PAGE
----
according to the desires of the husband;
She left the house and refused to go back to his
house;
It was held that there was reasonable cause
within the meaning of sec 9
Where the husband files petition for conjugal
rights and the wife gets the ground of physical
and mental cruelty, she has to prove it.

In Pramila Bala Barik v. Ravindra Nath


Barik AIT 1977 Orissa 132 where the
wife left the house because of the
continuous torture from the mother-in-law,
on the petition u/s 9 by the husband, the
court held that the wife cannot be
compelled to stay in her parents-in-laws
house against her wishes under adverse
circumstances amounting to cruelty

In Smt Swaraj Garg v. K.M. Garg AIR 1978 Delhi 296


husband and wife were gainfully emplyoed in 2 different
places from days before marriage.
Question arose as to where the matrimonial home is to
be
Husband filed petition u/s 9 trial court dismissed the
petition.. Went in appeal before the single judge bench
which allowed the petition and granted restitution
Against that order matter was brought before the
division bench Mr. Desh Pande. Dismissing the petition
held that there is no warrant in Hindu Law to regard a
Hindu Wife as having no say in choosing the place of
matrimonial home

Further referring to art 14 any law which would give


an exclusive right to the husband to decide upon the
place of the matrimonial home without considering
the merits of the claim of the wife would be contrary
to art 14 and unconstitutional for that reason
The learners in Hindu law viewed that the
constitutional provisions can not be brought with in
the frame work of personal law, because entire
matrimonial edifice is founded on mutual love,
sacrifice and devotion, to introduce the concept of
fundamental right in this relationship would be
hazardous.

In Hardeep Singh v. Dalip Kaur 1970 Punj 284


where the husband does not agree to live
separately from his parents and wifes
insistence for a separate house persists as a
result she chooses to be away from the
husband;
The court decreed the petition of restitution
conjugal rights filed by the husband holding
that there is no reasonable excuse for the wife
to live separately on the alleged grounds.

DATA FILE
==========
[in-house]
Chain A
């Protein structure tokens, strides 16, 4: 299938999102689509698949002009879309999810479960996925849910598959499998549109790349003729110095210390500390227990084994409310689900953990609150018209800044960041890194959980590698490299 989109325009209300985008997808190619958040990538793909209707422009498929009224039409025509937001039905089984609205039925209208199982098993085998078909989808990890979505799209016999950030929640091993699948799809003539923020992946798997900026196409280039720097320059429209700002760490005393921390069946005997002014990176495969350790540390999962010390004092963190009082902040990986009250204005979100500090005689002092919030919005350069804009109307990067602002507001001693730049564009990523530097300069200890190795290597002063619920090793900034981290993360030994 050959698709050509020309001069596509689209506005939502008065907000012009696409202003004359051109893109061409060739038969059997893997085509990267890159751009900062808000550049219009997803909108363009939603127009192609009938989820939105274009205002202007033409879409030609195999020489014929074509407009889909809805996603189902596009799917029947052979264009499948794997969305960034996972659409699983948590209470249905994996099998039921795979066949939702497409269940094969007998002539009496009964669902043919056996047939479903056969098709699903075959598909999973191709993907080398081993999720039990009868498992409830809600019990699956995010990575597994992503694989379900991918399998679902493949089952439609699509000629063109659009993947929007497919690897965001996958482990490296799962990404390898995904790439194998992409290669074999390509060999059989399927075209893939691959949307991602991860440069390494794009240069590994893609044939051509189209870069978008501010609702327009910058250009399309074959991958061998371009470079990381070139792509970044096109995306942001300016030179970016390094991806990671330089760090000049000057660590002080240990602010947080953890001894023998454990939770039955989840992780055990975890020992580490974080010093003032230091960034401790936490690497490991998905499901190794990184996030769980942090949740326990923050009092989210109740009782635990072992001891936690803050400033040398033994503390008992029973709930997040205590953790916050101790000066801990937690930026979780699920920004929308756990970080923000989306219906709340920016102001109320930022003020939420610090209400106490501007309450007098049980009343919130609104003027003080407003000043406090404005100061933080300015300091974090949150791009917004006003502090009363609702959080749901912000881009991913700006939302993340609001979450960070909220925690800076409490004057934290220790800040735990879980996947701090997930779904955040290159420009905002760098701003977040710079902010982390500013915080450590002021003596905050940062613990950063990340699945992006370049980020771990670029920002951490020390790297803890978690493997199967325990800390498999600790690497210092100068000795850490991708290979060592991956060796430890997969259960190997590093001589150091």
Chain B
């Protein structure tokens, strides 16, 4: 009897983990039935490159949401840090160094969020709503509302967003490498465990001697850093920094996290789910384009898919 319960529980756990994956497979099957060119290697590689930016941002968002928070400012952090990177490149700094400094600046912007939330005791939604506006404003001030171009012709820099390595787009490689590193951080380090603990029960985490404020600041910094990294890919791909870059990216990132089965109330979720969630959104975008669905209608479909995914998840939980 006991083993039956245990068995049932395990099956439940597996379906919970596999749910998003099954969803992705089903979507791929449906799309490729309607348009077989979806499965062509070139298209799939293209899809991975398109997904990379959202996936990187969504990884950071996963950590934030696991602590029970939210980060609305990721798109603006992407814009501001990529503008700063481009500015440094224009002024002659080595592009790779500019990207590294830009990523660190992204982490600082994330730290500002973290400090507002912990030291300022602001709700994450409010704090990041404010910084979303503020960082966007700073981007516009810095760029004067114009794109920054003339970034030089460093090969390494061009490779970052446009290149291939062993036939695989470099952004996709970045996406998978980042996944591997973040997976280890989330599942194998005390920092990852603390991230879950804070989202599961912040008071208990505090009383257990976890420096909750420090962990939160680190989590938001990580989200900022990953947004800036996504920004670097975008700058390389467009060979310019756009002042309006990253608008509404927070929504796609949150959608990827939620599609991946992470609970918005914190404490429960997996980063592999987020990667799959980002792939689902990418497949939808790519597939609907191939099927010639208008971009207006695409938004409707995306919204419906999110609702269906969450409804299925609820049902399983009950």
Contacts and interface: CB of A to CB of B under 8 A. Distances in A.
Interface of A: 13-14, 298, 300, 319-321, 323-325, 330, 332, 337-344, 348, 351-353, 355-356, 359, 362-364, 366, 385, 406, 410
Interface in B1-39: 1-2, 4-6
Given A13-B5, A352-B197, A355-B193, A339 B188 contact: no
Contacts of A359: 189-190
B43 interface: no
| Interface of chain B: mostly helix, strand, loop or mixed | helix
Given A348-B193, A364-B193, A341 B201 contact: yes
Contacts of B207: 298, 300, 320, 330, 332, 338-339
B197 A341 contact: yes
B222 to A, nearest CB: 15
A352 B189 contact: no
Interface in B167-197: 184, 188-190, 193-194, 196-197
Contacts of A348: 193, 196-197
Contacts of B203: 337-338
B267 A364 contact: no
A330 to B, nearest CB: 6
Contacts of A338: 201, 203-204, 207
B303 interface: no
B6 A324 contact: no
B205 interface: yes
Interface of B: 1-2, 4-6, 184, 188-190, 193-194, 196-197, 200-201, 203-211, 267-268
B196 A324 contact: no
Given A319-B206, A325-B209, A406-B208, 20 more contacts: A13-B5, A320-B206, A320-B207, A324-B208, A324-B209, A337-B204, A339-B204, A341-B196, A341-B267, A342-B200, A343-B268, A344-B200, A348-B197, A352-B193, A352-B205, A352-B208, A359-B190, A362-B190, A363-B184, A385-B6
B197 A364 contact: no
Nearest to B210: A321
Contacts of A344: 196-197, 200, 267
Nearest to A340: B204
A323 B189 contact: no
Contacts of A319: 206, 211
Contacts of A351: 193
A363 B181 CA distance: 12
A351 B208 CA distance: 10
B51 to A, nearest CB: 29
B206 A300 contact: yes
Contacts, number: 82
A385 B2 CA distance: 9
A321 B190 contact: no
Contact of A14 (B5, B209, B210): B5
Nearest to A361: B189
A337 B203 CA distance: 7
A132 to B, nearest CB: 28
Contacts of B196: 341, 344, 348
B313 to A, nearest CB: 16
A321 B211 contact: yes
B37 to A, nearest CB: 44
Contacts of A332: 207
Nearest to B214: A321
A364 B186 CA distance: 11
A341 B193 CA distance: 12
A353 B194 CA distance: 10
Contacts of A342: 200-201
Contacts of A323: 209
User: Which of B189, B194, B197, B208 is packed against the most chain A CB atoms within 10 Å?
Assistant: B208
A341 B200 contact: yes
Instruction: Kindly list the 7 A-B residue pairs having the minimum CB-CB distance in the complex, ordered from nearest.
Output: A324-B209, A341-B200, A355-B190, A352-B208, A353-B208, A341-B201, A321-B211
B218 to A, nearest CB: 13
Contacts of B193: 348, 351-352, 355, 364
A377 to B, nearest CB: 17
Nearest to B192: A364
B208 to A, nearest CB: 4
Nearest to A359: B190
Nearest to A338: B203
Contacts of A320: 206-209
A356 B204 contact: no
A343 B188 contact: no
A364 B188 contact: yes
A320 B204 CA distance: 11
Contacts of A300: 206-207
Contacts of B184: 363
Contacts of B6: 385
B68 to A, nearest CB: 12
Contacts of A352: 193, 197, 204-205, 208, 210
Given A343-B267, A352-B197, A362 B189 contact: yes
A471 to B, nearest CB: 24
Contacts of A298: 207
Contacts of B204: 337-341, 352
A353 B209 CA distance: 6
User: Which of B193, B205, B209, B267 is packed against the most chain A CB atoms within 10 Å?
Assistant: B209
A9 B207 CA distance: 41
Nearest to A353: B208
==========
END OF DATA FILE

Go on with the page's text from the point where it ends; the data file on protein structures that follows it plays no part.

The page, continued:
T. Saritha v. Venkata Subbaiah AIR


1983 AP 356
Single Judge bench of Andhra
Pradesh observed that the remedy
of restitution conjugal rights is a
savage and barbarous remedy
violating the right to privacy and
human dignity guaranteed by art 21
of the constitution, hence void.

Examining the validity of S. 9 of the Act in the light of the above


discussion, it should be held, that a Court decree enforcing restitution
of conjugal right constitutes the starkest form of Government
invasion of personal identity and individual's zone of intimate
decisions.
The victim is stripped of its control over the various parts of its body
subjected to the humiliating sexual molestation accompanied by a
forcible loss of the precious right to decide when if at all her body
should be allowed to be used to give birth to another human being.
Clearly the victim loses its autonomy of control over intimacies of
personal identity. Above all, the decree for restitution of conjugal
rights makes the unwilling victim's body a soulless and a joyless
vehicle for bringing into existence another human being. In other
words, pregnancy would be foisted on her by the state and against
her will.

Above all, the decree for restitution of conjugal


rights makes the unwilling victim's body a soulless
and a joyless vehicle for bringing into existence
another human being. In other words, pregnancy
would be foisted on her by the state and against
her will.
There can therefore be little doubt that such a law
violates the right to privacy and human dignity
guaranteed by and contained in Article 21 of our
Constitution. It is of constitutional significance to
note that the ancient Hindu society and its culture
never approved such a forcible marital intercourse.

In this view I have taken of the constitutional validity


of section 9 of the Hindu Marriage Act, I declare that
section 9 is null and void.
As a corollary to that declaration, I hold that the case
on the file of subordinate Judge, cuddapah, filed by